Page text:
Yorkshire, 1943. Lily Baines, a bright young debutante increasingly ground down by an endless war, has traded in her white gloves for a set of headphones. It’s her job to intercept enemy naval communications and send them to Bletchley Park for decryption.

One night, she picks up a transmission that isn’t code at all—it’s a cry for help.

An American ship is taking heavy fire in the North Atlantic—but no one else has reported an attack, and the information relayed by the young US officer, Matt Jackson, seems all wrong. The contact that Lily has made on the other end of the radio channel says it’s…2023.

Across an eighty-year gap, Lily and Matt must find a way to help each other: Matt to convince her that the war she’s fighting can still be won, and Lily to help him stave off the war to come. As their connection grows stronger, they both know there’s no telling when time will run out on their inexplicable link.

My Review:

This story was so beautiful it just about broke me. It was gorgeous and glorious and heartbreaking all at the same time, and I was in tears at the end.

I want to say this is a timeslip story but that isn’t quite right. It’s more of a time-merging story, or a bit of technological SF sleight of hand story. It’s best to just say that it works. It all works marvelously, and let the how and why of it remain a bit nebulous.

After all, our two principals don’t completely understand the why of it themselves. They just know that it happened. And that it saved them both.

Lily Baines is a signal tech in Yorkshire in 1943, spending her days and nights with a Bakelite headset wrapped around her “bat-like” ears, listening for German signals. She’s a Petty Officer in the WRENS (Women’s Royal Naval Service), doing her bit for in a war that she’s entirely too afraid is being lost.

Late one shift, she picks up a signal from an American ship, broadcast in English, in the “clear”, detailing an attack on the ship by “Vampires”. An attack that results in the ship sinking with all hands after 42 minutes of harrowing transmission by the U.S. Naval signal tech, ST Matt Jackson, who gives the date as 2023.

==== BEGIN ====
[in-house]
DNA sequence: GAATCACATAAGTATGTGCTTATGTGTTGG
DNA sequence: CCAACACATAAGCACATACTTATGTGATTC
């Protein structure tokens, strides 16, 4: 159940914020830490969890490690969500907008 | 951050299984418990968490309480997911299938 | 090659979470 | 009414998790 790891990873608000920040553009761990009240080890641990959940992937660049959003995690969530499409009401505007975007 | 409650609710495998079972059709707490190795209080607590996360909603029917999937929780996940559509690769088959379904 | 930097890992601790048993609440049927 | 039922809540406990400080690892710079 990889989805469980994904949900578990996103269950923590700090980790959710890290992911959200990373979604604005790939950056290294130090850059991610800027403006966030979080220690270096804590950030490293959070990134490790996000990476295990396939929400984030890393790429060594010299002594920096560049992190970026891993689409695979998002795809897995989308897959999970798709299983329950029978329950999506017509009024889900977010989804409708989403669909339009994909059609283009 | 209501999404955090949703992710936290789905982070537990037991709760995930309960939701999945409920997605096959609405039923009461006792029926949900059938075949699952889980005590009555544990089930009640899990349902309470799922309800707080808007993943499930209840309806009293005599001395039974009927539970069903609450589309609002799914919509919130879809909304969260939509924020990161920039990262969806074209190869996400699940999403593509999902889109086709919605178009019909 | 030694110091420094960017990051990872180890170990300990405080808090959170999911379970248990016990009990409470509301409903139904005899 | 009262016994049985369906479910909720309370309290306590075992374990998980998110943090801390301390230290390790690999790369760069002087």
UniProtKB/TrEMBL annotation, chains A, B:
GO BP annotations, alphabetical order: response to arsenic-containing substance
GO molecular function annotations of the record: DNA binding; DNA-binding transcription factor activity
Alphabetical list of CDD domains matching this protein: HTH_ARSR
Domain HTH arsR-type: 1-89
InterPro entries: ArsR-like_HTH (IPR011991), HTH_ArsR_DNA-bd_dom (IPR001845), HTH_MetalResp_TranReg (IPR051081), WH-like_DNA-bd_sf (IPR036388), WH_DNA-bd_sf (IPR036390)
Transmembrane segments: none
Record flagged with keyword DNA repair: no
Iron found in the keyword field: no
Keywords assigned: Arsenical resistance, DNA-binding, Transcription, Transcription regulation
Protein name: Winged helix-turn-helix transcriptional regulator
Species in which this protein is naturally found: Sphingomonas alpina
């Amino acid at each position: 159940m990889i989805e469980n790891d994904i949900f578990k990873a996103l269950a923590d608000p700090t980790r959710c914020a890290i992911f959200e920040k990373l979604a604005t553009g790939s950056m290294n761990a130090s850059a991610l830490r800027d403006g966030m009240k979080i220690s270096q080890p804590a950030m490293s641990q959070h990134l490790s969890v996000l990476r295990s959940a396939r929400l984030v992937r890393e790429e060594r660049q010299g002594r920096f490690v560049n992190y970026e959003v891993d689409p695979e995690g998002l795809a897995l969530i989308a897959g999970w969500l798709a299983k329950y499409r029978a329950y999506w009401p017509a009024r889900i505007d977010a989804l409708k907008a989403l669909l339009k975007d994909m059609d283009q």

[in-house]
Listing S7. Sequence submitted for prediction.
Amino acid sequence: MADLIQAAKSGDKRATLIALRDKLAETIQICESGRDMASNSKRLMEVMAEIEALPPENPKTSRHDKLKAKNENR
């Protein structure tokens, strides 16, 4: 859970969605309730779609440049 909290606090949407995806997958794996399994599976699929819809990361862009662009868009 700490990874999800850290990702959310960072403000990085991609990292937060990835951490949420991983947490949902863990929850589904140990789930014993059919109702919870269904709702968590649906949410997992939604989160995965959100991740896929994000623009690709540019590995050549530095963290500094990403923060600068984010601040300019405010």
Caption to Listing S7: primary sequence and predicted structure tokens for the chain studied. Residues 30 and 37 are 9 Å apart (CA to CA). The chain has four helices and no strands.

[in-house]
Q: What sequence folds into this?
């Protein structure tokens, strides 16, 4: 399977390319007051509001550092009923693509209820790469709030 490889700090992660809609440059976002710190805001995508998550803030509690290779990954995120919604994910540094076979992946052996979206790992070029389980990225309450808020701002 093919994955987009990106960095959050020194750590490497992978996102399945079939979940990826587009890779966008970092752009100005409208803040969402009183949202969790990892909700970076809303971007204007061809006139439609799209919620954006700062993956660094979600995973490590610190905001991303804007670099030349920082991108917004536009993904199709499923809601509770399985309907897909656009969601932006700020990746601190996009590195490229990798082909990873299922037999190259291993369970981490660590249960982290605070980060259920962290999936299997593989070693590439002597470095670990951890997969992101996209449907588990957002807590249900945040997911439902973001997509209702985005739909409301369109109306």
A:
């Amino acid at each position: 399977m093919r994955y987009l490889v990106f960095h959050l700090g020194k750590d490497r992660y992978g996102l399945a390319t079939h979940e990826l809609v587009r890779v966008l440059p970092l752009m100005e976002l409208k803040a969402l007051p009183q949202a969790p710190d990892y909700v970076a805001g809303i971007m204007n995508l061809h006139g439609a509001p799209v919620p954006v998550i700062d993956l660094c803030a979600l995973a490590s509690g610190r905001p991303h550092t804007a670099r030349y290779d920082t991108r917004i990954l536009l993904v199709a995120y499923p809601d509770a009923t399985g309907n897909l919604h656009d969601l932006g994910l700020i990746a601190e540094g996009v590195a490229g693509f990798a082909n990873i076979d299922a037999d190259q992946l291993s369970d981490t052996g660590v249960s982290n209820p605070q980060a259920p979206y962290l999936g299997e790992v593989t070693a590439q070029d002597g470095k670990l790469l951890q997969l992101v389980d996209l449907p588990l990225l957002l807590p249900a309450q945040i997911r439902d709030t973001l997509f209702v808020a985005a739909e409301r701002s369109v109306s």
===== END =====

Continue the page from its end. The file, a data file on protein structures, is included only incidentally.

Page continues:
While her superiors are certain that Lily has just been working too many days in a row without a break, Lily feels like she owes it to her fellow signal tech, the man she just heard narrate his own death, to try to help him. So she sends him a letter, a 1943-era radio, extra batteries, and a list of frequencies that she promises to listen on at a specific time every day.

There’s no science fiction involved in her package to the future. Her uncle is a solicitor and she contracts with his office to deliver the package to a certain room in a certain hotel in York on the day Matt said he checked in. Law offices do this all the time, just not necessarily for quite 80 years.

When Matt gets the radio, he’s sure it’s a prank, but he dials the frequency anyway. Even when Lily starts talking, he STILL thinks it’s a prank – at least until that night, when an event that she predicted comes true.

They have less than 24 hours to analyze the transmission that Matt hasn’t sent yet, in the hopes of figuring out what is about to go wrong so that he can prevent it. Or save his ship. Whatever it takes to prevent yet another war.

What they get is more than either of them ever bargained for. It’s enough – and it’s not nearly enough at all.